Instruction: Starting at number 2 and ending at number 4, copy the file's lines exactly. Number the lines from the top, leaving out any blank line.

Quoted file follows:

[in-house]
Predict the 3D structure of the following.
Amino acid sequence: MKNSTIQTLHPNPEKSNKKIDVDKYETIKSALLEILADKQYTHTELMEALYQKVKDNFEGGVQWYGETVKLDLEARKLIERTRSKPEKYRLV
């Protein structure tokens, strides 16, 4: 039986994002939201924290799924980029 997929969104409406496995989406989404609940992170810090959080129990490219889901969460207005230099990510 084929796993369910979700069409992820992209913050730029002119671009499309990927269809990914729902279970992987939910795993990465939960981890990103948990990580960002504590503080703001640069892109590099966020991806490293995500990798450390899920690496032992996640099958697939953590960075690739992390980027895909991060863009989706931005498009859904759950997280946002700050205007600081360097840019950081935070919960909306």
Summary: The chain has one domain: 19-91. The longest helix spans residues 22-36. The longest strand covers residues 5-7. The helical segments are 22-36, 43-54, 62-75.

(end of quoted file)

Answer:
Predict the 3D structure of the following.
Amino acid sequence: MKNSTIQTLHPNPEKSNKKIDVDKYETIKSALLEILADKQYTHTELMEALYQKVKDNFEGGVQWYGETVKLDLEARKLIERTRSKPEKYRLV
């Protein structure tokens, strides 16, 4: 039986994002939201924290799924980029 997929969104409406496995989406989404609940992170810090959080129990490219889901969460207005230099990510 084929796993369910979700069409992820992209913050730029002119671009499309990927269809990914729902279970992987939910795993990465939960981890990103948990990580960002504590503080703001640069892109590099966020991806490293995500990798450390899920690496032992996640099958697939953590960075690739992390980027895909991060863009989706931005498009859904759950997280946002700050205007600081360097840019950081935070919960909306």